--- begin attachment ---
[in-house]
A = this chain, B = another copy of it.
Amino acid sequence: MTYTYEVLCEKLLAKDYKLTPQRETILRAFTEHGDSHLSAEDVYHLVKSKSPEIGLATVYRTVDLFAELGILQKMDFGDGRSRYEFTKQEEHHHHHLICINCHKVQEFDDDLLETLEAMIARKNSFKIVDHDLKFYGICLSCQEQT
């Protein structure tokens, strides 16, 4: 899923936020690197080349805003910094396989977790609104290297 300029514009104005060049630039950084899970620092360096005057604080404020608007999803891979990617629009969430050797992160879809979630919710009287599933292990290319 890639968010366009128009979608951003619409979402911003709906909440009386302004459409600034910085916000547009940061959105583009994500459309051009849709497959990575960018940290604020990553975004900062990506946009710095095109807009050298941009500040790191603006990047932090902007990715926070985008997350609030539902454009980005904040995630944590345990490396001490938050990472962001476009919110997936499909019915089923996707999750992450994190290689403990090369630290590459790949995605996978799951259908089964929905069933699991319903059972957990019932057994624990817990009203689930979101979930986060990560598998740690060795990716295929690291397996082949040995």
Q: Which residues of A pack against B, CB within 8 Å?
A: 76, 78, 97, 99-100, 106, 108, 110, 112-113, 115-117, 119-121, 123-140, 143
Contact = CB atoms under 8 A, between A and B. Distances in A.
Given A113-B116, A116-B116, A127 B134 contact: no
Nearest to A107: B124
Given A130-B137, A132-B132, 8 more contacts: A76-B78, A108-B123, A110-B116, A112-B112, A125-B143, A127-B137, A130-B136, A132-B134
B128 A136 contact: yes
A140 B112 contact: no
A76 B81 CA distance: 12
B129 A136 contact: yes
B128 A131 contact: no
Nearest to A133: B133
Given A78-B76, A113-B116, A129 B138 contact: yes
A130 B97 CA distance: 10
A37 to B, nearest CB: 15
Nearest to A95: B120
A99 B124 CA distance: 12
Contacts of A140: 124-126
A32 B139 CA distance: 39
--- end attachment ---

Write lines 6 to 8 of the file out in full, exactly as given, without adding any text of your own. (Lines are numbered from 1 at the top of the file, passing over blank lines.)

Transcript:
A: 76, 78, 97, 99-100, 106, 108, 110, 112-113, 115-117, 119-121, 123-140, 143
Contact = CB atoms under 8 A, between A and B. Distances in A.
Given A113-B116, A116-B116, A127 B134 contact: no